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The Sign of the Cross

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The sign of the Cross has been used by Christians since the time of the Apostles. It is a pious act, which the Orthodox Christians make in the following manner; the thumb, the index and the middle finger of the right hand are joined together, while the remaining two fingers are bent and touching the palm of the hand. At first, the forehead is touched, then the breast, the left shoulder and the right shoulder.

Besides the impression which the sign of the Cross makes on the senses, it reminds us of its spiritual meanings.

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The three fingers joined together symbolise the Oneness of God in the three Persons of the Holy Trinity: Father, Son, and Holy Spirit. The two fingers, pressing the palm of the hand, signify the union of the two natures in Christ, the Divine and the Human The touch of the forehead signifies that God is in our head (in our mind), the touch of the breast signifies that God is in our heart (in our feelings), the touch of the shoulders signifies that God is in our limbs, directing them as He wills. In other words, by the sign of the Cross we dedicate to the service of God all the power of our mind, heart, and soul.

We are led to this service of God by means of the sign of the Cross, because it reminds us of Christ's death on the Cross, to which "God gave His only-begotten Son" out of His love to the world (John 3:16). The sign of the Cross on our bodies is also a prayer for God's blessing upon us and others. It has often proved a protection against evil, whether in one’s inner thoughts or outward actions, when made in true faith in its power.

Therefore, we rightly make the sign of the cross when we start and close our prayers; when we enter a Church; when we kiss the Icons of the Saints; when the name of the Persons of the Holy Trinity, the name at the Virgin Mary, and of the Saints are pronounced during the Services; when sacred instances occur during the Divine Liturgy; when we start and finish our meals; and on many other occasions. Its frequent repetition, when we are mindful of its significance, can become to us a source and fountain of every blessing.

The Sign of the Cross (Latin: Signum Crucis) is a ritual hand motion made by members of many branches of Christianity. It may be accompanied by the trinitarian formula. For Christians, the motion symbolizes the Cross on Calvary by tracing the shape of the cross in the air or on one's own body. There are two principal forms, one form used in the Latin-Rite Catholic Church and used in Anglicanism, Lutheranism, Methodism, and Oriental Orthodoxy; the other form is used in the Eastern Rites of the Catholic Church and in the Eastern Orthodox churches. The sign is rarely or never used by evangelical or more modern groups of Protestants.


Theodoret (393-457) gave the following instruction:

This is how to bless someone with your hand and make the sign of the cross over them. Hold three fingers, as equals, together, to represent the Trinity: God the Father, God the Son, and God the Holy Ghost. These are not three gods, but one God in Trinity. The names are separate, but the divinity one. The Father was never incarnate; the Son incarnate, but not created; the Holy Ghost neither incarnate nor created, but issued from the Godhead: three in a single divinity. Divinity is one force and has one honor. They receive on obeisance from all creation, both angels and people. Thus the decree for these three fingers. You should hold the other two fingers slightly bent, not completely straight. This is because these represent the dual nature of Christ, divine and human. God in His divinity, and human in His incarnation, yet perfect in both. The upper finger represents divinity, and the lower humanity; this way salvation goes from the higher finger to the lower. So is the bending of the fingers interpreted, for the worship of Heaven comes down for our salvation. This is how you must cross yourselves and give a blessing, as the holy fathers have commanded.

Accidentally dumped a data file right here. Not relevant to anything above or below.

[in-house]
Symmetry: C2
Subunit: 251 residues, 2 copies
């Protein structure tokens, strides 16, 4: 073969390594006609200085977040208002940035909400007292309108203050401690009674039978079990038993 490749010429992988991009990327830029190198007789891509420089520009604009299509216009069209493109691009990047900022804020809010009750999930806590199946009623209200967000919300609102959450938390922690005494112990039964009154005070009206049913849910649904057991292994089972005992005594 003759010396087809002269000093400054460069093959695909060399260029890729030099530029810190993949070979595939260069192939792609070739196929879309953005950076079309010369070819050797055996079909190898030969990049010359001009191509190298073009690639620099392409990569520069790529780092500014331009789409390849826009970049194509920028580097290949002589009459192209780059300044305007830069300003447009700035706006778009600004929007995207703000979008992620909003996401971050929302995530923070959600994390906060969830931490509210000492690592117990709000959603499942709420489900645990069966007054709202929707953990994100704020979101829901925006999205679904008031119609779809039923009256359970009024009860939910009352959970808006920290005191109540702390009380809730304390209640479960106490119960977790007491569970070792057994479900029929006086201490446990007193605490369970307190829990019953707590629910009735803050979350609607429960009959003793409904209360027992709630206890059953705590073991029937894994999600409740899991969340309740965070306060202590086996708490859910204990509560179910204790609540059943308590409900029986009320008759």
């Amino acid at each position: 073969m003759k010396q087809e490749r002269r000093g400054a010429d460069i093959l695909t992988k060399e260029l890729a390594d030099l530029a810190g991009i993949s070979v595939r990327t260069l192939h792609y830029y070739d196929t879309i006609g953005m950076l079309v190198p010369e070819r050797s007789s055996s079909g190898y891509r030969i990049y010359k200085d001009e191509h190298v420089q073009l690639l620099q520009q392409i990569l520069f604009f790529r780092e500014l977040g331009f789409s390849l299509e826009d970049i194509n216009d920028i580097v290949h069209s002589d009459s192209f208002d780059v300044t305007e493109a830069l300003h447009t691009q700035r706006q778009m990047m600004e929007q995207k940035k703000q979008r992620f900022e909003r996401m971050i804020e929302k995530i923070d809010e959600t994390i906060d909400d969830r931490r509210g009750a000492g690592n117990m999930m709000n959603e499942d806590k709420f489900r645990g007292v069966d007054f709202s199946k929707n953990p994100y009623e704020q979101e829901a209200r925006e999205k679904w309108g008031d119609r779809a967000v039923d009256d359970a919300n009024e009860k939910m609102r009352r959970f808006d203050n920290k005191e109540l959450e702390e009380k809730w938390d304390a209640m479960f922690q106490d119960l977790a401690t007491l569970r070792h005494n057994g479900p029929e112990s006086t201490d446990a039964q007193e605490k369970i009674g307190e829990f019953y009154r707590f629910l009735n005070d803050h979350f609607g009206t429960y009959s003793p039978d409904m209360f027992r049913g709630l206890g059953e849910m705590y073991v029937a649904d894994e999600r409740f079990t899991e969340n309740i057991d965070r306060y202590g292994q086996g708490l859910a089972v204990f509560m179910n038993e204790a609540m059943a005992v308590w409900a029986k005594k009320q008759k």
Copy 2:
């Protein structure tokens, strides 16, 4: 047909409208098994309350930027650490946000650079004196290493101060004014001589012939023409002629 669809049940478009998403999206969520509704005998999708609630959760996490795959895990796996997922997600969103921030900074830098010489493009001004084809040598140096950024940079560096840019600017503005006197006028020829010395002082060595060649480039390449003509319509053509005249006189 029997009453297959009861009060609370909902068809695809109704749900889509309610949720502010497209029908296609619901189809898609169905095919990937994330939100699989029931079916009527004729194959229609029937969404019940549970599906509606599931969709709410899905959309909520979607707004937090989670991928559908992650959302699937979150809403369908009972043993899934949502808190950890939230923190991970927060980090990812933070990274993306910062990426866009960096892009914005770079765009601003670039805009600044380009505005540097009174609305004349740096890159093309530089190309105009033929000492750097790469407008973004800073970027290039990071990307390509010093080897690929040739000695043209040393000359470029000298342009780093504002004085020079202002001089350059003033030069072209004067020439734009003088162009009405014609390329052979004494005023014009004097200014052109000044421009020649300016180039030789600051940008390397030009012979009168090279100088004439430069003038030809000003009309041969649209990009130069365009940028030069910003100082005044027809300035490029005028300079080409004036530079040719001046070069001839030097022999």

Pope Innocent III (1198-1216) gave the following instruction:

The sign of the cross is made with three fingers, because the signing is done together with the invocation of the Trinity. ... This is how it is done: from above to below, and from the right to the left, because Christ descended from the heavens to the earth, and from the Jews (right) He passed to the Gentiles (left). Others, however, make the sign of the cross from the left to the right, because from misery (left) we must cross over to glory (right), just as Christ crossed over from death to life, and from Hades to Paradise. [Some priests] do it this way so that they and the people will be signing themselves in the same way. You can easily verify this — picture the priest facing the people for the blessing — when we make the sign of the cross over the people, it is from left to right...

Writers such as Herbert Thurston, author of the article Sign of the Cross in the Catholic Encyclopedia interpret this as indicating that at that time both Eastern and Western Christians moved the hand from the right shoulder to the left. However, Thurston confesses that the point is not entirely clear. He quotes another liturgist who inclined to the opinion that in this passage of Innocent III, and in those of Belethus, Sicardus and Durandus, which are usually appealed to in proof of this, these authors had in mind the small cross made upon the forehead or external objects, in which the hand moves naturally from right to left, and not the big cross made from shoulder to shoulder.